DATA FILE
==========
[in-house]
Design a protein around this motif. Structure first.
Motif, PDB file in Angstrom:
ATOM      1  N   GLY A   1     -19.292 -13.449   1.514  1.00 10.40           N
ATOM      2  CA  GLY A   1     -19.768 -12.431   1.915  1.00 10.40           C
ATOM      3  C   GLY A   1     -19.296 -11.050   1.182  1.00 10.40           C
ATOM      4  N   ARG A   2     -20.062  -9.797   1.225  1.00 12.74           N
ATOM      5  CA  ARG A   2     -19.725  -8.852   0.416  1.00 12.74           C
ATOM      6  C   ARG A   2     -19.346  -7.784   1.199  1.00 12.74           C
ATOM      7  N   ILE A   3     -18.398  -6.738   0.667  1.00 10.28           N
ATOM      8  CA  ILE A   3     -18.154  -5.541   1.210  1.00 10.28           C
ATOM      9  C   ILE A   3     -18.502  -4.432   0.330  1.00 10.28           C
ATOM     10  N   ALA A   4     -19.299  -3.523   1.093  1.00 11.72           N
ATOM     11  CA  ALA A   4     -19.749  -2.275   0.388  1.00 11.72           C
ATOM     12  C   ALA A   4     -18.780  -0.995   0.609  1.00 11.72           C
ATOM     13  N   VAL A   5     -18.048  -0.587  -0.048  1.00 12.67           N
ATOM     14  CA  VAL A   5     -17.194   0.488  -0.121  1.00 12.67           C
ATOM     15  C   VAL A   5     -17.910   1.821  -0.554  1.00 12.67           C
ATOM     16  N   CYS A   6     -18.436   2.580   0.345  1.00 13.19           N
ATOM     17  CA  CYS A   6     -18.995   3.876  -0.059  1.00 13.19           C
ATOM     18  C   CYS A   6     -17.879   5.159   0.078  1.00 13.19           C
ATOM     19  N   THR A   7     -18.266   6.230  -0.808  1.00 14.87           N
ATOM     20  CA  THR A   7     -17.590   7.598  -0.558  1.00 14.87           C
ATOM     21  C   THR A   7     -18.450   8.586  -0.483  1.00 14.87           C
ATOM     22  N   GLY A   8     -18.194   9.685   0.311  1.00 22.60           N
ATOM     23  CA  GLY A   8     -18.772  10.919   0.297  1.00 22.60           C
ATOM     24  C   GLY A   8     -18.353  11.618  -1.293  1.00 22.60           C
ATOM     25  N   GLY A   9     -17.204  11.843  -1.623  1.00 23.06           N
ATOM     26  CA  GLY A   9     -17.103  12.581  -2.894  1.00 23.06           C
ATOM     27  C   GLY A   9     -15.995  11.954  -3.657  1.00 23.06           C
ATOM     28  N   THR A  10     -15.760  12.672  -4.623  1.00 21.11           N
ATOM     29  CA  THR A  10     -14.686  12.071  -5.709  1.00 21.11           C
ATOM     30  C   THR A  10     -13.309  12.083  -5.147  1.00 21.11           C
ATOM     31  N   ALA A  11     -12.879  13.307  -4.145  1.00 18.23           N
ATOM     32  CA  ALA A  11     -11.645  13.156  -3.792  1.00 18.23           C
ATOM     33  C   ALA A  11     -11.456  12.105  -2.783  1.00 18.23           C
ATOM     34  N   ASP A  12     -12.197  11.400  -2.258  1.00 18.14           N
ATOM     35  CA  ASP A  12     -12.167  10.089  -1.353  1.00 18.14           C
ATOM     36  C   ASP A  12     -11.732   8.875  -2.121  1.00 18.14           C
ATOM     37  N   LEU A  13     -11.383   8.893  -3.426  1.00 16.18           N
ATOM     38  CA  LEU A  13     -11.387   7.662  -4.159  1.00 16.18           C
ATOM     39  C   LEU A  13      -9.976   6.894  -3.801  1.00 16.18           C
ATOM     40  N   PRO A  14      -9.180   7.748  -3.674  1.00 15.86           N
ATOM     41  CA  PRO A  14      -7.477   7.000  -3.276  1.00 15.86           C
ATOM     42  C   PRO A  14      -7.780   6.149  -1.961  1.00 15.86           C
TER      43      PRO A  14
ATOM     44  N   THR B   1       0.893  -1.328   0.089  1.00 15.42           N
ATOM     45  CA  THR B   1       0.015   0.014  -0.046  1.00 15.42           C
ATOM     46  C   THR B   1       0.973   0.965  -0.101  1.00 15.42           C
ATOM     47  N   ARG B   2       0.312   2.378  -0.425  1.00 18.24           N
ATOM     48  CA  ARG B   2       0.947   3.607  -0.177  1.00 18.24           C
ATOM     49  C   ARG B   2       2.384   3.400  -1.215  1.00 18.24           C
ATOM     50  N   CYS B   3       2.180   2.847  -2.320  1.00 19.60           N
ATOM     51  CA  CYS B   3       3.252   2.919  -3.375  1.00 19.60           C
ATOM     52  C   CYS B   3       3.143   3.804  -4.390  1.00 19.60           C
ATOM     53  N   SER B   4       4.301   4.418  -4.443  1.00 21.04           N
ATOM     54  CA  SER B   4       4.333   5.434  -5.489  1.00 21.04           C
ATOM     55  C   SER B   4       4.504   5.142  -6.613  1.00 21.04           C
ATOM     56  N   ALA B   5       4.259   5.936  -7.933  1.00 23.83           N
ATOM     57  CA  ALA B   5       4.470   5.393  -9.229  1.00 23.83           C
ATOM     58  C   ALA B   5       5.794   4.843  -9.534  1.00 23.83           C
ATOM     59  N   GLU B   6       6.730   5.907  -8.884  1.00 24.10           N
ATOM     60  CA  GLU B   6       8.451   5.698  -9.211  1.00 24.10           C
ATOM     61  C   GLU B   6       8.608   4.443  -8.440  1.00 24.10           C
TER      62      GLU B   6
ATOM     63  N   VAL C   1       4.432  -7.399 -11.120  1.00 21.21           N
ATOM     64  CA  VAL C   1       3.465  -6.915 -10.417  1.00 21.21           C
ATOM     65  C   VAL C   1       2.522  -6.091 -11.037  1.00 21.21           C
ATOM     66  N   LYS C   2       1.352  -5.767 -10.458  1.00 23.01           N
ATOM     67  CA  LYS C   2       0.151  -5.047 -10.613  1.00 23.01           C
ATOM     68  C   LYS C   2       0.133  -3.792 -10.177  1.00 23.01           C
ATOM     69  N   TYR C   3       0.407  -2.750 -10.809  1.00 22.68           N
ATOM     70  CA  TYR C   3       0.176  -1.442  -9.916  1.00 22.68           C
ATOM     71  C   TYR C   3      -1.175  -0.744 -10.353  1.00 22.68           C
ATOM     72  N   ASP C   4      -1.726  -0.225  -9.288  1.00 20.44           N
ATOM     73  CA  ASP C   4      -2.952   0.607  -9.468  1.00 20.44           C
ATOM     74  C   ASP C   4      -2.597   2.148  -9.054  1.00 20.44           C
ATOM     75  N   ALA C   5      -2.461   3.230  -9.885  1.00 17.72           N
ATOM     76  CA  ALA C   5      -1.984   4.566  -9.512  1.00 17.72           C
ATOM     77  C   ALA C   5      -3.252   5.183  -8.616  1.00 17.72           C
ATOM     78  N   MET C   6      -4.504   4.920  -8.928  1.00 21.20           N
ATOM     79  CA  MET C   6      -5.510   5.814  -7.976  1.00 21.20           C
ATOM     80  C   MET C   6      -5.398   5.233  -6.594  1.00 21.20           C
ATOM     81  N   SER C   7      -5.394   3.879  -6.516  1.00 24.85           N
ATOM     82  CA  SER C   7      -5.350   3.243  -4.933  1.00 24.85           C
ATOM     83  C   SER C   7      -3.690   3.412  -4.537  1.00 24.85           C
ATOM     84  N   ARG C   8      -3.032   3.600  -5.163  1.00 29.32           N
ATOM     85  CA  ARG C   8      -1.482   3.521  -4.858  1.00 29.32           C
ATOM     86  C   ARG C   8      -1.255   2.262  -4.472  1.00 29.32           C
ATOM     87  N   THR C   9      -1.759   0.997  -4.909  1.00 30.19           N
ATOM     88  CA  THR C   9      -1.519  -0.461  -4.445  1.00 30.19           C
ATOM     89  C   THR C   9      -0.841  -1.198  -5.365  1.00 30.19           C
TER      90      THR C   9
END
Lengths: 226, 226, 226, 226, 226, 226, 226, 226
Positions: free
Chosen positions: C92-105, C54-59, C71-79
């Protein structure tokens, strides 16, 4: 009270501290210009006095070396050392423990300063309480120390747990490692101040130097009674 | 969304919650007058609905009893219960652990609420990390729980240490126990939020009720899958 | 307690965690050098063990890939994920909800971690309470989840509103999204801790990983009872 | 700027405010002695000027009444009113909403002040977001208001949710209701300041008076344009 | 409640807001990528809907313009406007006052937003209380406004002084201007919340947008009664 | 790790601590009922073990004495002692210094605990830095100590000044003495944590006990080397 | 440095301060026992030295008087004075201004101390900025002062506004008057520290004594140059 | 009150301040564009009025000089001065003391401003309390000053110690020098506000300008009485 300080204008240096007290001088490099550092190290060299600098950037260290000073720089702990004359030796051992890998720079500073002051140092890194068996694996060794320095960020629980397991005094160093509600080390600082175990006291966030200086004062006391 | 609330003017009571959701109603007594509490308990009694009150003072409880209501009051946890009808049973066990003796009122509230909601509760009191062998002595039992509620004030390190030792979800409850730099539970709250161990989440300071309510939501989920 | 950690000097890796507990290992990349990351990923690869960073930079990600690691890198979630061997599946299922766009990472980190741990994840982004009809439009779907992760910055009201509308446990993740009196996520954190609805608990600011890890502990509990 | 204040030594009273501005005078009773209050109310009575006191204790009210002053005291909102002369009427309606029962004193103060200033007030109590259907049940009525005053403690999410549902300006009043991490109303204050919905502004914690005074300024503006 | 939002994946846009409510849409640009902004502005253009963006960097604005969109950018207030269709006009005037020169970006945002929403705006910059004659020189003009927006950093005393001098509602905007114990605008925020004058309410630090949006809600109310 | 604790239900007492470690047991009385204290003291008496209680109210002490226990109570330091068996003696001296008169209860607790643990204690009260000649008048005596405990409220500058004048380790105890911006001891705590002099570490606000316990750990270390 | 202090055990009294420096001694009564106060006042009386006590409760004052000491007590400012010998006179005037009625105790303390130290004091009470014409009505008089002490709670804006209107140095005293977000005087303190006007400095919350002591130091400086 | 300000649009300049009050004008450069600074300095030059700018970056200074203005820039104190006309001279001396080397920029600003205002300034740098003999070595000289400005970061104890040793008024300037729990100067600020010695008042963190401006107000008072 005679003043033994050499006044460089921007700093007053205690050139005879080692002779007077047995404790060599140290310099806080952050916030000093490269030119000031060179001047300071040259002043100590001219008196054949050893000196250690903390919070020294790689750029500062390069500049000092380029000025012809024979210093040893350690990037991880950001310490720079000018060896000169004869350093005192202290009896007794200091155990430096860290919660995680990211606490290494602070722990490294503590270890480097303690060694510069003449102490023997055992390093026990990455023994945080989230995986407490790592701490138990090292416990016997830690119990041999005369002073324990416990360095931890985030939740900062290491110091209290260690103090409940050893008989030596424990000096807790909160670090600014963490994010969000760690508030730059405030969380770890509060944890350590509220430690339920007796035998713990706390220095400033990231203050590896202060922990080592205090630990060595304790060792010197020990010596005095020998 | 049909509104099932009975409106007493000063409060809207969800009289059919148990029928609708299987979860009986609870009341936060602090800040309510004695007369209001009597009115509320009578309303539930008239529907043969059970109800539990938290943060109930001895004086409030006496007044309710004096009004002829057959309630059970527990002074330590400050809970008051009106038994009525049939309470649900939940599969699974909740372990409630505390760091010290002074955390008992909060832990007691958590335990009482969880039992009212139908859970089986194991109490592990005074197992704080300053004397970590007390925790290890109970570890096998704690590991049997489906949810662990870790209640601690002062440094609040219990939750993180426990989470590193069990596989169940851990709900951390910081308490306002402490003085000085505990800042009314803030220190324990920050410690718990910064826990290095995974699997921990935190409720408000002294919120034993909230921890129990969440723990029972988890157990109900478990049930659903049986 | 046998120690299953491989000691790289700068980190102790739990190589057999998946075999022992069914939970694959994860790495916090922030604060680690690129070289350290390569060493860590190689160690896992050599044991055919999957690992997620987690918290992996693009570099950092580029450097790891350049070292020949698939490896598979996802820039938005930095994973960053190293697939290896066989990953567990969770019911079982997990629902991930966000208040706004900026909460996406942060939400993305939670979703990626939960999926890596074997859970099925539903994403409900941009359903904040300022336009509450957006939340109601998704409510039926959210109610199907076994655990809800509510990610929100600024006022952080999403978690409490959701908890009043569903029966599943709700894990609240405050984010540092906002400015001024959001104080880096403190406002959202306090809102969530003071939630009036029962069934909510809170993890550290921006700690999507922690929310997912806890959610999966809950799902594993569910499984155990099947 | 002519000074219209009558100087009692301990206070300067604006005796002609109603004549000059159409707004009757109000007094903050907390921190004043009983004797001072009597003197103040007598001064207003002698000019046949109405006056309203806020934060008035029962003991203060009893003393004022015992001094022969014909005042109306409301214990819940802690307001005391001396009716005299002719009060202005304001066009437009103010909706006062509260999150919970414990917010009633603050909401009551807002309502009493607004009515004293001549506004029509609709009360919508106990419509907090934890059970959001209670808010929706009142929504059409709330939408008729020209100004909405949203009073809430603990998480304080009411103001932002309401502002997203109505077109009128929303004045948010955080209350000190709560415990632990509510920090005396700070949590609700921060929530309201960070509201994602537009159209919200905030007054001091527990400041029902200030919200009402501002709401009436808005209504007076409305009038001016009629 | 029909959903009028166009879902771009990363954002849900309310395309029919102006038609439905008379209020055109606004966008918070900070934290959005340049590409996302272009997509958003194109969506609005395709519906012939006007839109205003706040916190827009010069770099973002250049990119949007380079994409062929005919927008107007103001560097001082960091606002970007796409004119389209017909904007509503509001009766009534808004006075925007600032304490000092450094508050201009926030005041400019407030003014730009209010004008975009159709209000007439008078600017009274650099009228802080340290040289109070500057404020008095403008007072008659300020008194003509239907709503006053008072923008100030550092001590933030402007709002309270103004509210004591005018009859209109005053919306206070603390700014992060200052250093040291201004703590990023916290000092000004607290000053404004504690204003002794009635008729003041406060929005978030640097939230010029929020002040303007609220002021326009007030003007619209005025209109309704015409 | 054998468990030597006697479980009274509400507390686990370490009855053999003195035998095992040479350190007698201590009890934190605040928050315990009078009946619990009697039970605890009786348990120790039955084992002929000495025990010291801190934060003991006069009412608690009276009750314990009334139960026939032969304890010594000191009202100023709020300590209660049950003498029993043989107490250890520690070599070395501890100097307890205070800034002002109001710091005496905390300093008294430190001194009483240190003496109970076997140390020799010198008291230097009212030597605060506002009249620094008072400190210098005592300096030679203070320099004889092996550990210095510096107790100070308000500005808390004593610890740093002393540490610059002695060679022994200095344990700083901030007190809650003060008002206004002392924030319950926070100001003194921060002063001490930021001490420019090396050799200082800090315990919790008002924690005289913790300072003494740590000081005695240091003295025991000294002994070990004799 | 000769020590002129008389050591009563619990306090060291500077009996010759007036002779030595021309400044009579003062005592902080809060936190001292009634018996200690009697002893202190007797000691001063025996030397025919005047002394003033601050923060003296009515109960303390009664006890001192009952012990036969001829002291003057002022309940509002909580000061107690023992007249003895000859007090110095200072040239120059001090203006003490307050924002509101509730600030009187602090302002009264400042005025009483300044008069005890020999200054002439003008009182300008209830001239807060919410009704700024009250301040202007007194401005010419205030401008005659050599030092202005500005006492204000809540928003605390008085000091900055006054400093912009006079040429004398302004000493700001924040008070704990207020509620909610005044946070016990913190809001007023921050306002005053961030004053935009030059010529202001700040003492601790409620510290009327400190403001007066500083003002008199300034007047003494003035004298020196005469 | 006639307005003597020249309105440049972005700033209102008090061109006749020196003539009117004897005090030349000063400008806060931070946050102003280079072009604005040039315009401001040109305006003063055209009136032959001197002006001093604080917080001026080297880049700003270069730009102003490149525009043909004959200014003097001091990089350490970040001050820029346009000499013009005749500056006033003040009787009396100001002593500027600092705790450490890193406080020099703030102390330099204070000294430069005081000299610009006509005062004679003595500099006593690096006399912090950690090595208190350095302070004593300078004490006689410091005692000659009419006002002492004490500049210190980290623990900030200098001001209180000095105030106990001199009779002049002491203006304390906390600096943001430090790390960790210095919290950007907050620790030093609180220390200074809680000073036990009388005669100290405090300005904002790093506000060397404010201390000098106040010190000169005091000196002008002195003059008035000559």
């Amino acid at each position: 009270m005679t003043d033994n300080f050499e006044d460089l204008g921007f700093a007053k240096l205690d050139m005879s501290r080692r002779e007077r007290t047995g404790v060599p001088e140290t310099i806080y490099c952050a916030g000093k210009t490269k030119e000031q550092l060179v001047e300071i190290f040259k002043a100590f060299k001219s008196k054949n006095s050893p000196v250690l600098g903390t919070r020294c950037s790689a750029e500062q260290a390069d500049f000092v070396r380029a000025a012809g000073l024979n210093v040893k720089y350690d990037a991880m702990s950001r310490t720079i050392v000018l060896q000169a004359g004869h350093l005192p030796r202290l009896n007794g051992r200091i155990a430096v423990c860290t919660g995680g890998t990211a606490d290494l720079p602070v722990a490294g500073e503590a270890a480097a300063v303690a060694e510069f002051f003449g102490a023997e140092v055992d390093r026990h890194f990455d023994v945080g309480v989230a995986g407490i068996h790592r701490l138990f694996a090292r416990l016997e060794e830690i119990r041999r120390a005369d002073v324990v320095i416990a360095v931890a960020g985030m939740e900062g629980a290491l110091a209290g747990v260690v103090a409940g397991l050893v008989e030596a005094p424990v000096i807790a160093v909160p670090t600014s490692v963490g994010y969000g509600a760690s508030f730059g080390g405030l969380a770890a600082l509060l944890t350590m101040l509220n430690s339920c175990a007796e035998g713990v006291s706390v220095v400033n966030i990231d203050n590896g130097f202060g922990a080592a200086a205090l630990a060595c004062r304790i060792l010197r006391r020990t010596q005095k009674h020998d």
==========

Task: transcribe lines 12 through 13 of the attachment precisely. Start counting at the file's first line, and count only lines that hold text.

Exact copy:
ATOM      9  C   ILE A   3     -18.502  -4.432   0.330  1.00 10.28           C
ATOM     10  N   ALA A   4     -19.299  -3.523   1.093  1.00 11.72           N